Joseph S. Cotter Jr: You Don't Have to be Large to Have a Big Voice

Biography by Gary Hsu

Disclaimer: The Internet was full of conflicting sources. Some of this information may be of Joseph S. Cotter or his son, Joseph S. Cotter Jr.

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Joseph Seamon Cotter Jr was born in February 2, 1861 on a farm in Nelson County, Kentucky. In his early life, he took grammar school for a few years, but had to drop out to support his family. He was only able to study up to the third grade with formal education. Some say that he taught himself how to read at the age of 4. He then decided to get a job. With all of his jobs, he had many issues with gaining respect. Although he was a small man, he was powerful in a different way. He gained respect through telling stories. (Clark)

By the time he was twenty two, decided to get enrolled in Louisville. After 10 months, he graduated with diploma. This qualified him to teach. In this point of his life, he realized that he should start teaching the people of his own race. He soon became a public school teacher at Cloverport, Kentucky. He also taught at Western Colored School. Later in his life, he served as a principal of S. Coleridge-Taylor School for about 50 years. (Clark)

Although he was a very dedicated teacher, he gain all of his fame for his story telling and for his dramatic poetry. In 1895, Cotter published his first poetry book, A Rhyming. Some sources claim that a lot of Cotter's original work was destroyed before they are published. In 1898, he published Links of Friendship. Before Cotter continued to teach, he married Maria F. Cox, who was a teacher. They had three kids. After all of his work, he continued to teach and published many plays, books, and poetry in the fight against racial segregation. (Kerlin)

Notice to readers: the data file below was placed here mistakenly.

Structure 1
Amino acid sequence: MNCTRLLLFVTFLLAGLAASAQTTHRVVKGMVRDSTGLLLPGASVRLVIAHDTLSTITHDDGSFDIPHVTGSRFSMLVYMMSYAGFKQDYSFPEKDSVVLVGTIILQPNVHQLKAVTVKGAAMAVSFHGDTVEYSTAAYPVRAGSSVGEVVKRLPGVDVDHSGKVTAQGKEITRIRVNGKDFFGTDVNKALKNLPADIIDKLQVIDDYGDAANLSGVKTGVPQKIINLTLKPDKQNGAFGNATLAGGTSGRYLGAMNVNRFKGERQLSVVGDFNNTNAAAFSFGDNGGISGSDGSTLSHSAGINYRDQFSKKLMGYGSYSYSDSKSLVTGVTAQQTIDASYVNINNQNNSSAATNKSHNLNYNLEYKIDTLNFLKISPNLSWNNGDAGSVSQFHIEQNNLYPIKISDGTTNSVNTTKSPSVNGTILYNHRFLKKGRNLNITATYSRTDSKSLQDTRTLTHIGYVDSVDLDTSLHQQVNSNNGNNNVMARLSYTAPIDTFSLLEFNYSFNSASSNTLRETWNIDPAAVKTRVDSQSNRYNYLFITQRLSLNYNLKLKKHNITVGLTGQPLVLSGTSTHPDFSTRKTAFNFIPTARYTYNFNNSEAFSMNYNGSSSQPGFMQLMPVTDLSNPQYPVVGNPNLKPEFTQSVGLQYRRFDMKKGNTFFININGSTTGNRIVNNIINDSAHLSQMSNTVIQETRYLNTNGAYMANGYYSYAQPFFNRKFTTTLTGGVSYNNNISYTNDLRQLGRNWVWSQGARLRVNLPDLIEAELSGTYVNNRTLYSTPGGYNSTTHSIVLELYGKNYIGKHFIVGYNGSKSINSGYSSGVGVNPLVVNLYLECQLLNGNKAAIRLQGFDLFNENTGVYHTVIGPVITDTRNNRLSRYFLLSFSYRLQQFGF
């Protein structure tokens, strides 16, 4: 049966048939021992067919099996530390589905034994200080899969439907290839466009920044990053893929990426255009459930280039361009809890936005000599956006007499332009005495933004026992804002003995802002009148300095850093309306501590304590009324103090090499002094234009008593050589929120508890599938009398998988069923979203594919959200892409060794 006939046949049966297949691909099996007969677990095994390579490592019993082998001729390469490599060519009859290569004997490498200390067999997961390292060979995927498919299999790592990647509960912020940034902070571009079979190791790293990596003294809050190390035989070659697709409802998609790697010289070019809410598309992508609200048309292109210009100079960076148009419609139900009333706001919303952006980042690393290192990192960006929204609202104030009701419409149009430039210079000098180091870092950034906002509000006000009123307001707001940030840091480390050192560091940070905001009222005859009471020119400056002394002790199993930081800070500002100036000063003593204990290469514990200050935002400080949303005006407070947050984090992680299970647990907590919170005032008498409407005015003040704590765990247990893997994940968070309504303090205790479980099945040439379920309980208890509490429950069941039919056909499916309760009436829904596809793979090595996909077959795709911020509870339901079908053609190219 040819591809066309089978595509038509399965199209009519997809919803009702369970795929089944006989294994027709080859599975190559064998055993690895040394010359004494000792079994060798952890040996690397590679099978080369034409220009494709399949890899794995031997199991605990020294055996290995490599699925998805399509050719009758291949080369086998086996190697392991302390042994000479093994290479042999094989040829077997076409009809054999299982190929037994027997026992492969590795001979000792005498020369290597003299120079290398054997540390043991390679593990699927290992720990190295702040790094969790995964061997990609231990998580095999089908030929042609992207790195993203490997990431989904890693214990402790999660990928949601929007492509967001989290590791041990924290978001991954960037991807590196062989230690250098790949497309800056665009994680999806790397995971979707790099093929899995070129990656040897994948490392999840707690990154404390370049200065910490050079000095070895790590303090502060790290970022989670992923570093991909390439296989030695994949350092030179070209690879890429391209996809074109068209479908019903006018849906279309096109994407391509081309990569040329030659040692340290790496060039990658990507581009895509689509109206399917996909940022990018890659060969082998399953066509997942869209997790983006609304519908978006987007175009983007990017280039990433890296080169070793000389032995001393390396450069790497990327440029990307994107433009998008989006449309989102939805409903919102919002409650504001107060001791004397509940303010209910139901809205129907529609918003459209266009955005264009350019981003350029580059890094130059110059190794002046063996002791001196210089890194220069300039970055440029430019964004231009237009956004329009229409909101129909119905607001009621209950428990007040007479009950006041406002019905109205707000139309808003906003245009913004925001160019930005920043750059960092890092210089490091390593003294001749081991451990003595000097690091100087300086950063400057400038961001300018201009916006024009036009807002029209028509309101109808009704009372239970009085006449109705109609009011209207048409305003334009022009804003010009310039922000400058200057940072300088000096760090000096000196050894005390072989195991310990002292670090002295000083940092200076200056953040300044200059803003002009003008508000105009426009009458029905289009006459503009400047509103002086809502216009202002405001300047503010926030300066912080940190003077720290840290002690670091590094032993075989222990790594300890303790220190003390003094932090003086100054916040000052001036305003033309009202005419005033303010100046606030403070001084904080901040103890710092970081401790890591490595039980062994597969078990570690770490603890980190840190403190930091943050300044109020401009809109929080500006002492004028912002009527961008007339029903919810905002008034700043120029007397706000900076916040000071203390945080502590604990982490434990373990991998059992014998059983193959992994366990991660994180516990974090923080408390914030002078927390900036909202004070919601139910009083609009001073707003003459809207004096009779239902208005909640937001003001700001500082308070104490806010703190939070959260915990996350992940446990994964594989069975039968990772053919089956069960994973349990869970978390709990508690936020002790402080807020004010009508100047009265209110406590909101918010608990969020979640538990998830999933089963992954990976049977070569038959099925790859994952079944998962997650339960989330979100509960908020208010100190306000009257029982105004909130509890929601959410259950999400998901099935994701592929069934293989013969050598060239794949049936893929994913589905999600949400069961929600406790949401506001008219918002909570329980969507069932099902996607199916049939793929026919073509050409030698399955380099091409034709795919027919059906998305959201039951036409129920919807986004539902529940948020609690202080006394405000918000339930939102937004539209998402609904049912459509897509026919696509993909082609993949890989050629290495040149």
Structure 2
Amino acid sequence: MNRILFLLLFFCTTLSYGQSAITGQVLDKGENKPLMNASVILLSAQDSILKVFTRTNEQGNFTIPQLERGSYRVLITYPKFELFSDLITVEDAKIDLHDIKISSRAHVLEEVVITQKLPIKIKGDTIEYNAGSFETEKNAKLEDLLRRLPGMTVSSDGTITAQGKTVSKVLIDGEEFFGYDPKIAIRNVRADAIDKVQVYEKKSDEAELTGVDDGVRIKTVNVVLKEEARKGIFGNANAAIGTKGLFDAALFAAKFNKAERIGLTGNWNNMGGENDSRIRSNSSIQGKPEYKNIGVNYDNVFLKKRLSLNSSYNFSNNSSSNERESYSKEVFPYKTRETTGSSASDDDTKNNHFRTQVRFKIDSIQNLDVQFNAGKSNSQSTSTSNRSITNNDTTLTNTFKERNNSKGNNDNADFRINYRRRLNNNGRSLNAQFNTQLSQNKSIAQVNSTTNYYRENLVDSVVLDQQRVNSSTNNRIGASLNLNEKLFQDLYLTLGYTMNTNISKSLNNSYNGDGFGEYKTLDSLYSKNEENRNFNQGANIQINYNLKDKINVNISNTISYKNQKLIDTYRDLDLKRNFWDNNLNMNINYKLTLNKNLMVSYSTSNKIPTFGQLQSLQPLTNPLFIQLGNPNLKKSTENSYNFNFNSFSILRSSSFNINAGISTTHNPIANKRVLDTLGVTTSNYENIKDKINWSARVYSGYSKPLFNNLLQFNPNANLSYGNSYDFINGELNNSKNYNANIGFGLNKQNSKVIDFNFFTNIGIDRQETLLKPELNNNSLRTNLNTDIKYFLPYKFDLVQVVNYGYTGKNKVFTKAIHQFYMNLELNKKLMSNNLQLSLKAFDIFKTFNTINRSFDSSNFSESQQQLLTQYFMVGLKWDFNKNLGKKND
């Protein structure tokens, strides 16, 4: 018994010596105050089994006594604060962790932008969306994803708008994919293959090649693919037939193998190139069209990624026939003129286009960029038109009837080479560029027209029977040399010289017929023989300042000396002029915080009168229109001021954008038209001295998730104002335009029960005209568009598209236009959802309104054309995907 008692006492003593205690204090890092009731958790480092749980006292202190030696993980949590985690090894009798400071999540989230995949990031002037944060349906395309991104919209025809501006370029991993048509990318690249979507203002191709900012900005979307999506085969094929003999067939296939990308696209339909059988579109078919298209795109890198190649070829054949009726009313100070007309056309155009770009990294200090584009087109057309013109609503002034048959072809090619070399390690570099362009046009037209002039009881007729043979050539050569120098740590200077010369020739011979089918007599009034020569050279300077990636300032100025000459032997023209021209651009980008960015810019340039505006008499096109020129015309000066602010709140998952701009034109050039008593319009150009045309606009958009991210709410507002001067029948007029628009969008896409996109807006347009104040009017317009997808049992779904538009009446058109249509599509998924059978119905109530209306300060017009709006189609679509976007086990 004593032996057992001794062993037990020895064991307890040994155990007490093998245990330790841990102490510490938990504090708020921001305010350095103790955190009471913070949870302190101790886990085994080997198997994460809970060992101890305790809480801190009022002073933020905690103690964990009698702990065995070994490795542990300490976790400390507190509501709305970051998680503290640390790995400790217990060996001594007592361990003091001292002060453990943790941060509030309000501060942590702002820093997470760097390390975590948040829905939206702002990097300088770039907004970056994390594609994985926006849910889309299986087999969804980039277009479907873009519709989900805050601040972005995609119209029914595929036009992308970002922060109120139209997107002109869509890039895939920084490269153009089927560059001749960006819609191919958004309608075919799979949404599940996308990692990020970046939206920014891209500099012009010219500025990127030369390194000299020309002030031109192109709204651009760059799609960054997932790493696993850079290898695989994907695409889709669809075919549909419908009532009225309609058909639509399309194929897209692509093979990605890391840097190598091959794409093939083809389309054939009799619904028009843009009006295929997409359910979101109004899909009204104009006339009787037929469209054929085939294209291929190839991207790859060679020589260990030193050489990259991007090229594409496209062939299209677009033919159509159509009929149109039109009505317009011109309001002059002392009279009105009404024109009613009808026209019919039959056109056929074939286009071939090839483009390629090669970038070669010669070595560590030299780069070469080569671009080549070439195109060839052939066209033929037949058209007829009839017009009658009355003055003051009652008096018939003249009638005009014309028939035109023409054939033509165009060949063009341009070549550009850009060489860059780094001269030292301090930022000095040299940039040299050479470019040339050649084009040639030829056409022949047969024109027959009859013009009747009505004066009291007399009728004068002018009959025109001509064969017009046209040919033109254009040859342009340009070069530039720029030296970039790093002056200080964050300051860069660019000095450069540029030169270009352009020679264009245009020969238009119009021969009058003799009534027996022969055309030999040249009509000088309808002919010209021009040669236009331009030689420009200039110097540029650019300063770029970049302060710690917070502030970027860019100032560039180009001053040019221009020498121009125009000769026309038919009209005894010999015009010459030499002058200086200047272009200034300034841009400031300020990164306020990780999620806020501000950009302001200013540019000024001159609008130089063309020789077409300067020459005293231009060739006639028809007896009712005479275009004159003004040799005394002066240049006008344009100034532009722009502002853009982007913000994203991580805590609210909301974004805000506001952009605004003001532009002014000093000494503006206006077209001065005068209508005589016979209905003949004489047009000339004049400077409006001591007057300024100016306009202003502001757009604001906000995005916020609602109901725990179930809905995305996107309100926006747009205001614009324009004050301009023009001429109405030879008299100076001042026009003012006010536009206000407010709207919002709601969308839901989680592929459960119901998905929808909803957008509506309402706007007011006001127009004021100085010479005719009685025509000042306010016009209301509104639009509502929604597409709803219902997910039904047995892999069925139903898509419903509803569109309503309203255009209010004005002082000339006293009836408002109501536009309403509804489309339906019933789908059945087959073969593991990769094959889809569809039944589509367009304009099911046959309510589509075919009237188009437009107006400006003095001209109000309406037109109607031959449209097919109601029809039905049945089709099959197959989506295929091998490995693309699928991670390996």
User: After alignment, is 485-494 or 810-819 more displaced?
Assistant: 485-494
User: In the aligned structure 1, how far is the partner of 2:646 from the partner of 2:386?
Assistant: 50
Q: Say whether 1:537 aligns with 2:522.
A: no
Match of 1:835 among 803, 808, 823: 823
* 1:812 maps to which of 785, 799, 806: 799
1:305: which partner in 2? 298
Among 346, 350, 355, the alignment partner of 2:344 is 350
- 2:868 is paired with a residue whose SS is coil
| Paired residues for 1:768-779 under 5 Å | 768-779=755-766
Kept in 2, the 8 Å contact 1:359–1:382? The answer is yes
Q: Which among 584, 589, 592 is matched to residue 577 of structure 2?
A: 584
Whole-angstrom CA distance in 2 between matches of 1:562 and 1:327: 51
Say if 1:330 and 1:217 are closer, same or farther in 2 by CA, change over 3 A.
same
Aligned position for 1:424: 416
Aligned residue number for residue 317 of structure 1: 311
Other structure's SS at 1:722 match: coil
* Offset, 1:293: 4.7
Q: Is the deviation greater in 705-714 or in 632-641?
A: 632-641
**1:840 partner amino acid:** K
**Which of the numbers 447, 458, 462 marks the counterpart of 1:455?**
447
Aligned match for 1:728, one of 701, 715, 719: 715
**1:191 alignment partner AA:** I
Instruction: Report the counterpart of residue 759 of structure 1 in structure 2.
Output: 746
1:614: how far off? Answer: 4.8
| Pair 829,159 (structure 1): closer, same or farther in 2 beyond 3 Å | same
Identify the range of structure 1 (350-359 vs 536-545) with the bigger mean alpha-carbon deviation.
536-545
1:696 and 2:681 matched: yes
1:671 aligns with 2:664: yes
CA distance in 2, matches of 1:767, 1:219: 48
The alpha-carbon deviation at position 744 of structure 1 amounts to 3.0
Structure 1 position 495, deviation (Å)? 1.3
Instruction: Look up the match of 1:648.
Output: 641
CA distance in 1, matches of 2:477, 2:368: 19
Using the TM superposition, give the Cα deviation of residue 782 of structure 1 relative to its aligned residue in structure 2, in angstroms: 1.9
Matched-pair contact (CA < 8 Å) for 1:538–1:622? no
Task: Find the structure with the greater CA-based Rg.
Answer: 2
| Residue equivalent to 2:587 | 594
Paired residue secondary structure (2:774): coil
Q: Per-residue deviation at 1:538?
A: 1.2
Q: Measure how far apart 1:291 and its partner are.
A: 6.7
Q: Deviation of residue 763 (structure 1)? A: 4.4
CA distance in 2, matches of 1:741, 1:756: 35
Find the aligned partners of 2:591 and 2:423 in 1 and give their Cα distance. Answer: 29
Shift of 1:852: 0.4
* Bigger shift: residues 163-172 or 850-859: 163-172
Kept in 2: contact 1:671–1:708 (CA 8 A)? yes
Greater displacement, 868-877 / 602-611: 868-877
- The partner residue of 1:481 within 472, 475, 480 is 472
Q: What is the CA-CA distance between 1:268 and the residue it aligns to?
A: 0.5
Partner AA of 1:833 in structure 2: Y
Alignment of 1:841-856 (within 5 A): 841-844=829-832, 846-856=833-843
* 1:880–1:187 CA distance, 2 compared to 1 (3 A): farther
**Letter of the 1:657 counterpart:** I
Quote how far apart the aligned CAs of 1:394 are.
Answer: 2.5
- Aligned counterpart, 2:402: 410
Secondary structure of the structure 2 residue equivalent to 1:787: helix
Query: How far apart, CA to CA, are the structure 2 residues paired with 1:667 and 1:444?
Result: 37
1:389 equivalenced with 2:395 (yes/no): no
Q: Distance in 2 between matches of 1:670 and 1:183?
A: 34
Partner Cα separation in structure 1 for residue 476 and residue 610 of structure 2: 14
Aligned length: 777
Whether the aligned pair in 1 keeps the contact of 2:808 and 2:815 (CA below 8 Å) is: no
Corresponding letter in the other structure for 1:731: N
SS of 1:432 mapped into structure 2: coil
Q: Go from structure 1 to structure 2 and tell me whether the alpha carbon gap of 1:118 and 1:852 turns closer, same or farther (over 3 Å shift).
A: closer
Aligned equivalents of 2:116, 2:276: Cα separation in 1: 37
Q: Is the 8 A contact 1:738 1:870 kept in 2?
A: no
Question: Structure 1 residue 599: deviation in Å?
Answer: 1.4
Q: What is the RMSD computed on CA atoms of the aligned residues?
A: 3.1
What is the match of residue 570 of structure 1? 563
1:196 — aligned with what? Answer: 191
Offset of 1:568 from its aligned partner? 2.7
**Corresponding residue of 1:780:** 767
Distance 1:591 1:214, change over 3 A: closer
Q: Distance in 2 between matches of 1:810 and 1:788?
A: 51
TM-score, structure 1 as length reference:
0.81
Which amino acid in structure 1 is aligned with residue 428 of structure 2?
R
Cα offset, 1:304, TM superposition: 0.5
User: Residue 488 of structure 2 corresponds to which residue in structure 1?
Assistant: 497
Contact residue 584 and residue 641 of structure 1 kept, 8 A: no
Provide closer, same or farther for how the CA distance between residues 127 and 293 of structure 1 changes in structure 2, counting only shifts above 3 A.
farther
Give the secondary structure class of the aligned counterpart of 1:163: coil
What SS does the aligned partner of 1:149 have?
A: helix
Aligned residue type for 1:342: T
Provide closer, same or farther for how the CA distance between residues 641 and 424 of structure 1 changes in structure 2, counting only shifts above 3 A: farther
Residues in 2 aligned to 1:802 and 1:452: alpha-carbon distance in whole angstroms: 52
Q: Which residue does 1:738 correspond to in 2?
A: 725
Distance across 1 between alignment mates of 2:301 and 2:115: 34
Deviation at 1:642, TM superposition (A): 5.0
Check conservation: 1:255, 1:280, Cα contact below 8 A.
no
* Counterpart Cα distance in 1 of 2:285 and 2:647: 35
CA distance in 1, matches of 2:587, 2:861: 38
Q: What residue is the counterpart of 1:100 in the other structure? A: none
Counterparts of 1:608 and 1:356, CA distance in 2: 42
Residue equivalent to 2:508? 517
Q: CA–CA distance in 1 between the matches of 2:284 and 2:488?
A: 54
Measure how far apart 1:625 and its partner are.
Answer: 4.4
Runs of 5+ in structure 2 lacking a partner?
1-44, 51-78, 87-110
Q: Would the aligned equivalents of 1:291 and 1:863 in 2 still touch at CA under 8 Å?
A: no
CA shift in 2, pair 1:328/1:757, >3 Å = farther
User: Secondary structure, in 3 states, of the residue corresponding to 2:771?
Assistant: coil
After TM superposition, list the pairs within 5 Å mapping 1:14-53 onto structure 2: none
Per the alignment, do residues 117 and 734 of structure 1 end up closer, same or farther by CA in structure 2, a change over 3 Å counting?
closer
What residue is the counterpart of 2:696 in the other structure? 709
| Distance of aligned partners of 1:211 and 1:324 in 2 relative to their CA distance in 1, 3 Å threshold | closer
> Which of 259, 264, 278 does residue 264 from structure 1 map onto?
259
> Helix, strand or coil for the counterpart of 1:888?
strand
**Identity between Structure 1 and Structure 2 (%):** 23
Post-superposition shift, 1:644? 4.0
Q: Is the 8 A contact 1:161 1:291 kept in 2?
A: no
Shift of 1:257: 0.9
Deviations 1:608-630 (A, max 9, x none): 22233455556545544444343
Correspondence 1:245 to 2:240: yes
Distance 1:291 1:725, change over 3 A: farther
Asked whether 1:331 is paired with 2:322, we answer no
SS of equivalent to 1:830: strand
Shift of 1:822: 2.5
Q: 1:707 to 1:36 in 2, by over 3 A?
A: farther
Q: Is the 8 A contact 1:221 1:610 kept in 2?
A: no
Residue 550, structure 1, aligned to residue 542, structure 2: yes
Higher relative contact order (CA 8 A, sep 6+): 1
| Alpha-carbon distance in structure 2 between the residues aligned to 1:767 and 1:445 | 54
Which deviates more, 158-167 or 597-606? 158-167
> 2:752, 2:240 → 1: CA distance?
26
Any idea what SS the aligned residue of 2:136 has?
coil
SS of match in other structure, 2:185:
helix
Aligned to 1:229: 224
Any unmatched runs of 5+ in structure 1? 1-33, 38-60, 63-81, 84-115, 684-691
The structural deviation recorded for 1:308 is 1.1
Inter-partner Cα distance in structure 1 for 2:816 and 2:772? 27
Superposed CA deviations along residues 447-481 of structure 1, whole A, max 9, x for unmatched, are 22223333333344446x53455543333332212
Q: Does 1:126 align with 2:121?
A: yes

Joseph was constantly fighting the racial segregation. His poetry and stories tend to hint towards the topic. He relates to the Harlem Renaissance because he wanted change. He wanted to integrate blacks and whites. He expressed his feelings and wants to the world. He did this through poetry. In his fight, he gave many African Americans the opportunity for equality by providing education for them. (Clark)

In 1949, Joseph Seamon Cotter died. Although he died, his legacy did not.

"Let us remember that the child is the only force that raises or lowers a community. Society has its ebb and flow in the cradle and the school room. He who steals or kills may be reformed behind prison bars, but he who fails to educate his children libels posterity" Joseph Seamon Cotter

A Prayer

By Joseph S. Cotter

As I lie in bed,
Flat on my back;
There passes across my ceiling
An endless panorama of things—
Quick steps of gay-voiced children,
Adolescence in its wondering silences,
Maid and man on moonlit summer’s eve,
Women in the holy glow of Motherhood,
Old men gazing silently thru the twilight
Into the beyond.
O God, give me words to make my dream-children live.


This poem is about an old man that has a prayer. He dreams about a society where there are happy people everywhere. He hopes to see Women find the gift of motherhood. Everything would seem perfect to him. He asks of God to make it happen.

He uses words like twilight(9), panorama(4), and adolescence(6). These aren't words you hear very often. Cotter probably added them to add the the mysterious feeling of the poem. He could also have been trying to add emphasis to the prayer.

Overall, this poem is about a man that wants equality. He prays for everyone to happily live together in harmony. He extreme wants and desires are expressed through a prayer. This is what many African Americans strive for. They all want a world like this. But sadly, all they can do is pray.


"A Prayer by Joseph S. Cotter, Jr. James Weldon Johnson, ed. 1922. The Book of American Negro Poetry." Great Books Online -- Quotes, Poems, Novels, Classics and hundreds more. N.p., n.d. Web. 18 Mar. 2012. <>.

Clark, Rebecca. "KYLIT - A site devoted to Kentucky Writers." English & Theatre - Eastern Kentucky University. N.p., n.d. Web. 18 Mar. 2012. <>. \

"Joseph S. Cotter, Jr. Biography ." Louisville Free Public Library. N.p., n.d. Web. 18 Mar. 2012. <>.

"Joseph Seamon Cotter | Sherry Chandler." Sherry Chandler | One must not let people think . . . that poetry never enjoys itself . . . W. H. Auden & John Garrett. N.p., n.d. Web. 18 Mar. 2012. <>.

Gary Hsu, 4th Period, Mrs Thurnau, 3/18/2012